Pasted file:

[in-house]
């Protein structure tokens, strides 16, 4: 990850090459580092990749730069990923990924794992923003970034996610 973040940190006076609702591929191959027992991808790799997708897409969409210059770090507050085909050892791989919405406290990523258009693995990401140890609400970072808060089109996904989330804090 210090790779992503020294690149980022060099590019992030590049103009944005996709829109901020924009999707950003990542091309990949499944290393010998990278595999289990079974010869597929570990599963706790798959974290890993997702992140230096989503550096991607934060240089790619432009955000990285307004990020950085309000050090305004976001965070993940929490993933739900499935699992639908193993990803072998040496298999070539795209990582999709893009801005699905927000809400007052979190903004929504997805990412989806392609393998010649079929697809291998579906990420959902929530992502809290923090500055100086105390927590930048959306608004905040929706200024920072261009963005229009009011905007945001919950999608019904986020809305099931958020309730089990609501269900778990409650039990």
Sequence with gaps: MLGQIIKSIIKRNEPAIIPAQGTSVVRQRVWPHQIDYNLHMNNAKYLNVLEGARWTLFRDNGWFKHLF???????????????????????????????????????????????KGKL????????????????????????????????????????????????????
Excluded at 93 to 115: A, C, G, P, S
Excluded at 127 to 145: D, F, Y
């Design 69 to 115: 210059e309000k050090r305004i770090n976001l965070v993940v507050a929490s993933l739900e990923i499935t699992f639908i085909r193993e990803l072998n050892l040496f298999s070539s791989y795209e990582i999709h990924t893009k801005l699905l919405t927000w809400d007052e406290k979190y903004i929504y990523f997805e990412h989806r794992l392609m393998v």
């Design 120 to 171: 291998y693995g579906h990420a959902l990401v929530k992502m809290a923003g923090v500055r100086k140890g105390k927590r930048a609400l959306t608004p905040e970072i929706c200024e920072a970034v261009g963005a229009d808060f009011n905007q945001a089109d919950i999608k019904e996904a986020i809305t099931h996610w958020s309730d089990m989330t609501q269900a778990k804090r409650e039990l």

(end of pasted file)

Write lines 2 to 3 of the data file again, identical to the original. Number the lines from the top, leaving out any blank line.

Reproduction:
């Protein structure tokens, strides 16, 4: 990850090459580092990749730069990923990924794992923003970034996610 973040940190006076609702591929191959027992991808790799997708897409969409210059770090507050085909050892791989919405406290990523258009693995990401140890609400970072808060089109996904989330804090 210090790779992503020294690149980022060099590019992030590049103009944005996709829109901020924009999707950003990542091309990949499944290393010998990278595999289990079974010869597929570990599963706790798959974290890993997702992140230096989503550096991607934060240089790619432009955000990285307004990020950085309000050090305004976001965070993940929490993933739900499935699992639908193993990803072998040496298999070539795209990582999709893009801005699905927000809400007052979190903004929504997805990412989806392609393998010649079929697809291998579906990420959902929530992502809290923090500055100086105390927590930048959306608004905040929706200024920072261009963005229009009011905007945001919950999608019904986020809305099931958020309730089990609501269900778990409650039990």
Sequence with gaps: MLGQIIKSIIKRNEPAIIPAQGTSVVRQRVWPHQIDYNLHMNNAKYLNVLEGARWTLFRDNGWFKHLF???????????????????????????????????????????????KGKL????????????????????????????????????????????????????